The moment he catches a glimpse of that familiar silhouette, Lucien Lessard’s world begins to change. After a two-year sabbatical from their relationship, his beloved lady, Juliette, has unexpectedly returned to Paris. With dark tresses and the fairest skin, Juliette inspires Lucien in both work and play, but is she really what she seems?
With equal parts humor and mystery, Christopher Moore’s Sacre Bleu brings to life the French Impressionist art movement in late 19th-century Paris, exposing the painters’ colorful personalities through Lucien, a baker-turned-artist who interacts with various real-life artists of the movement—including Monet, van Gogh and Pissarro. To judge by the adventures of Lucien and his closest friend, Henri Toulouse-Lautrec, it seem that the artist’s life away from the canvas usually involves booze and brothels.
Lucien’s career path is not only motivated by his late father’s love of painting, but also the mysterious Juliette. After Juliette’s countless requests, he ignores his misgivings and agrees to paint her nude figure using a special aquamarine color. This “Sacred Blue” is only provided by an odd little man known as The Colorman—who just might be connected to the unexplained death of Lucien’s friend Vincent van Gogh. The result of his capitulation results in an unpredictable tale that is woven around shorter chapters about other French Impressionists and the history of the Sacred Blue, a color that, like Juliette, has hidden depths.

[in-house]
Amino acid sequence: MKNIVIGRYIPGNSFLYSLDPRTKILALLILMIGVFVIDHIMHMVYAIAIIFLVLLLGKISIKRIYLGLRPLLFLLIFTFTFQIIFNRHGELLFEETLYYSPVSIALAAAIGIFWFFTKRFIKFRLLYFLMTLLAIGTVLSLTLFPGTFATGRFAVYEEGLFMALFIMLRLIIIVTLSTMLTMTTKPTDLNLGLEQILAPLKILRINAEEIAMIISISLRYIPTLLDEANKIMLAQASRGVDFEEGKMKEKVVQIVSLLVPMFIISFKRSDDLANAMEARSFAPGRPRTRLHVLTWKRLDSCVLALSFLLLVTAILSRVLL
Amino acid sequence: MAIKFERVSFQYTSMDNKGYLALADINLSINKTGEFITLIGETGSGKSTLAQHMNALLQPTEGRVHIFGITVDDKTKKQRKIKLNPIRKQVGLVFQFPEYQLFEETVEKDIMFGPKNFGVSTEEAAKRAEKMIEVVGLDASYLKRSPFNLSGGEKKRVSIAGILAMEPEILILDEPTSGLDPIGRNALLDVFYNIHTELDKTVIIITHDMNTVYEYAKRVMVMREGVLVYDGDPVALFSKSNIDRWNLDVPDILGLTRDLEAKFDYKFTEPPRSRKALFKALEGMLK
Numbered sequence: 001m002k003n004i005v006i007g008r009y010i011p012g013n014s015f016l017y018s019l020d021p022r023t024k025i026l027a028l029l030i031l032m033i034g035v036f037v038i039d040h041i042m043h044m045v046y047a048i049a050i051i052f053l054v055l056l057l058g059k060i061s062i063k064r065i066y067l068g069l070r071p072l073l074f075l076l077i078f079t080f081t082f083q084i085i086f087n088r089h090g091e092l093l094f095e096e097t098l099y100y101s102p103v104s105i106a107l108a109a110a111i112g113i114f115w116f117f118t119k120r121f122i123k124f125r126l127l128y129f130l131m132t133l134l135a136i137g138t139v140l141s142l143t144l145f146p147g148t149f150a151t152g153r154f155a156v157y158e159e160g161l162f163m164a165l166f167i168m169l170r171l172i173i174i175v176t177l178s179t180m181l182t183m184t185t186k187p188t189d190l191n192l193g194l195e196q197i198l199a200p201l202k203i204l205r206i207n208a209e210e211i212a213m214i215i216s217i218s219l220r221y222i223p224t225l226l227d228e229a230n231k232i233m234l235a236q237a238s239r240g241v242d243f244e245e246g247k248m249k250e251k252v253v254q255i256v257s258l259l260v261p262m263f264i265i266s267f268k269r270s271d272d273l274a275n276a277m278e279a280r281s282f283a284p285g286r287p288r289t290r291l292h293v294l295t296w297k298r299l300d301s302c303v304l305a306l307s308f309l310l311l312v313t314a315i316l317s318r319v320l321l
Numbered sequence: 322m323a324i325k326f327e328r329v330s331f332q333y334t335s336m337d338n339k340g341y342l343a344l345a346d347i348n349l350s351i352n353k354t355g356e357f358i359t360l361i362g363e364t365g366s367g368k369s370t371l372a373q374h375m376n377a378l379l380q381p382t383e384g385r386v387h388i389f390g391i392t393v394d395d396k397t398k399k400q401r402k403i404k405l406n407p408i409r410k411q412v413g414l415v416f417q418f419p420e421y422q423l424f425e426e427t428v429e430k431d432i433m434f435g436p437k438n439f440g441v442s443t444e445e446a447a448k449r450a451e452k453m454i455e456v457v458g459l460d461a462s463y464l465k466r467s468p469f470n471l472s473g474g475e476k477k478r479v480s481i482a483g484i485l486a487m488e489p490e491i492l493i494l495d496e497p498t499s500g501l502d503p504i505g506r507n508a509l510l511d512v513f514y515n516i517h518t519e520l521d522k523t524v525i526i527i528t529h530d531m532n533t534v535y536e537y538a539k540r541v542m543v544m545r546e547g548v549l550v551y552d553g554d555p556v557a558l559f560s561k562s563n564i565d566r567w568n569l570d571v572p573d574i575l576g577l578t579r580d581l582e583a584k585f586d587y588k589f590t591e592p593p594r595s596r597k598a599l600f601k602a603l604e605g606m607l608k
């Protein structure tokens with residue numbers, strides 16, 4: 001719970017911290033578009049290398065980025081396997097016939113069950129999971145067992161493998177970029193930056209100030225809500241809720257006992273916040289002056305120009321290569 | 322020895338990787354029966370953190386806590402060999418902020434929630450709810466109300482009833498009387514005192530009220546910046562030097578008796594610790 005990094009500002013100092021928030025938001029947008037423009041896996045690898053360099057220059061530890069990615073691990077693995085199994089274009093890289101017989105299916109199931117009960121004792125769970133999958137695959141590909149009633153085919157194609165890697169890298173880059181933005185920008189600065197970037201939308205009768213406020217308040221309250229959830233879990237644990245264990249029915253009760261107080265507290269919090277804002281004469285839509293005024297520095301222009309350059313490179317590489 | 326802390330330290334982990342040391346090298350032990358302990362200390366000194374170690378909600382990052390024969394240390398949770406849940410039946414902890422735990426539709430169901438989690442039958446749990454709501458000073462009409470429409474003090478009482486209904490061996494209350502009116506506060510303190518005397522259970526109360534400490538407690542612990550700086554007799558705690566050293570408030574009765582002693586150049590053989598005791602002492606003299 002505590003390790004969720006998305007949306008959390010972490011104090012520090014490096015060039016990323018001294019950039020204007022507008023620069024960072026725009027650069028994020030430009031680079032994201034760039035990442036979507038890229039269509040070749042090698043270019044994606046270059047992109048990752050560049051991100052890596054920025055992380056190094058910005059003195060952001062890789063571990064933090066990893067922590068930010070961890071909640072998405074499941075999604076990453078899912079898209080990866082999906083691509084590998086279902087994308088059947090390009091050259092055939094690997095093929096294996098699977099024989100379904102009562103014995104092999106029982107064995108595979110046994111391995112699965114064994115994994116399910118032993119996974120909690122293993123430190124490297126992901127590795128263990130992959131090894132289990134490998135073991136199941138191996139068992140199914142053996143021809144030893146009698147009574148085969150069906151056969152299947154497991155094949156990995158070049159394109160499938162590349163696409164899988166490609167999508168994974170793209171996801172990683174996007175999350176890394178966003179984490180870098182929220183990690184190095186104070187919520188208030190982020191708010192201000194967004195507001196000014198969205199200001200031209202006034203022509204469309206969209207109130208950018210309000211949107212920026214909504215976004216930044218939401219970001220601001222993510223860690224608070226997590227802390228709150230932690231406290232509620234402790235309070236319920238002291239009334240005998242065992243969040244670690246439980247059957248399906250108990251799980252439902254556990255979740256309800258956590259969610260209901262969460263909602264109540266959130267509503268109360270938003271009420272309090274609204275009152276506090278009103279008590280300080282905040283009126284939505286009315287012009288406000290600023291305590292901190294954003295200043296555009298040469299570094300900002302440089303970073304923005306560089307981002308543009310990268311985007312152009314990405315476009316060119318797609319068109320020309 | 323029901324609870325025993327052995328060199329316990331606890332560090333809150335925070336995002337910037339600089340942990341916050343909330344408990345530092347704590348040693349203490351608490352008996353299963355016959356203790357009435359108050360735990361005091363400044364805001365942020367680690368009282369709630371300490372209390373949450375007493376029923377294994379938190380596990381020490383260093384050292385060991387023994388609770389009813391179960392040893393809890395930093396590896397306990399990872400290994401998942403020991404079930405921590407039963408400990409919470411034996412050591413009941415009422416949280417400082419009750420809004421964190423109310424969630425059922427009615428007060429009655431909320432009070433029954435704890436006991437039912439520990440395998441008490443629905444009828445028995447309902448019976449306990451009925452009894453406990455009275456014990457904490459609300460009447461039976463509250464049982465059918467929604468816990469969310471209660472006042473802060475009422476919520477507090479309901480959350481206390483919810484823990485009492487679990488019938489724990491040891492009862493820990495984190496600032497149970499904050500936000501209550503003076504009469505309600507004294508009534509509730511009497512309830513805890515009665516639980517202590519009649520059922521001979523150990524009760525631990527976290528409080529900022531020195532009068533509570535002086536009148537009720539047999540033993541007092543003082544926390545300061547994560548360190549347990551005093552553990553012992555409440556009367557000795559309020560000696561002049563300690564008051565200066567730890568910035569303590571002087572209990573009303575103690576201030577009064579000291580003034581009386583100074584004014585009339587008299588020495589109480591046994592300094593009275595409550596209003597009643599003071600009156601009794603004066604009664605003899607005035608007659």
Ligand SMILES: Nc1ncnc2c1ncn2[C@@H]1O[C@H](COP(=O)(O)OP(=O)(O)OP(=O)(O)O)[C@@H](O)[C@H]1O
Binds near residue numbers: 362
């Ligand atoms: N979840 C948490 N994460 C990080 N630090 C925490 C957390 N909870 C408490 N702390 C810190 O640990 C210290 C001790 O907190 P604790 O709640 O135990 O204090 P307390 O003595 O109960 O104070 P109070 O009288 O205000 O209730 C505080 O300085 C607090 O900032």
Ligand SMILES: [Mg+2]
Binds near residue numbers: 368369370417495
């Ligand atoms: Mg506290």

While Moore’s satire of the Parisian art world is entertaining and whimsical, this is not a laugh-out-loud novel. Much like his novel Lamb, he combines historical research with an intelligent sense of humor, resulting in amusement rather than gut-busting laughter. An imaginative trip through Paris filled with comedy, death, love and mystery, Sacre Bleu has something for everyone.